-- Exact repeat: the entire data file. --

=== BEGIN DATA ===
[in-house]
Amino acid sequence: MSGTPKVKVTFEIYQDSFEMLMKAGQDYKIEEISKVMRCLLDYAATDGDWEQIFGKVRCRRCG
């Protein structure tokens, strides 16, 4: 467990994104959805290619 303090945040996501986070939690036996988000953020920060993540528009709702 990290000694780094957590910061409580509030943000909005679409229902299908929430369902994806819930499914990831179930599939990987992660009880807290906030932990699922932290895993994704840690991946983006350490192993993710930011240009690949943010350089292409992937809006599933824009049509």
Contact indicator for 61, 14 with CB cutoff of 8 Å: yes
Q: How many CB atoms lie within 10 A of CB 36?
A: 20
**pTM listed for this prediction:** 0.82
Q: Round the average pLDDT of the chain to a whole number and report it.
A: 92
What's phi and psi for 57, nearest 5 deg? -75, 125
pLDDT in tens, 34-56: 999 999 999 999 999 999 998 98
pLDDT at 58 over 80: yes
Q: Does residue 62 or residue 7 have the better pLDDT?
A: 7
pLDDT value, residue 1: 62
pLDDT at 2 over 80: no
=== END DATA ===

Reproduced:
[in-house]
Amino acid sequence: MSGTPKVKVTFEIYQDSFEMLMKAGQDYKIEEISKVMRCLLDYAATDGDWEQIFGKVRCRRCG
């Protein structure tokens, strides 16, 4: 467990994104959805290619 303090945040996501986070939690036996988000953020920060993540528009709702 990290000694780094957590910061409580509030943000909005679409229902299908929430369902994806819930499914990831179930599939990987992660009880807290906030932990699922932290895993994704840690991946983006350490192993993710930011240009690949943010350089292409992937809006599933824009049509």
Contact indicator for 61, 14 with CB cutoff of 8 Å: yes
Q: How many CB atoms lie within 10 A of CB 36?
A: 20
**pTM listed for this prediction:** 0.82
Q: Round the average pLDDT of the chain to a whole number and report it.
A: 92
What's phi and psi for 57, nearest 5 deg? -75, 125
pLDDT in tens, 34-56: 999 999 999 999 999 999 998 98
pLDDT at 58 over 80: yes
Q: Does residue 62 or residue 7 have the better pLDDT?
A: 7
pLDDT value, residue 1: 62
pLDDT at 2 over 80: no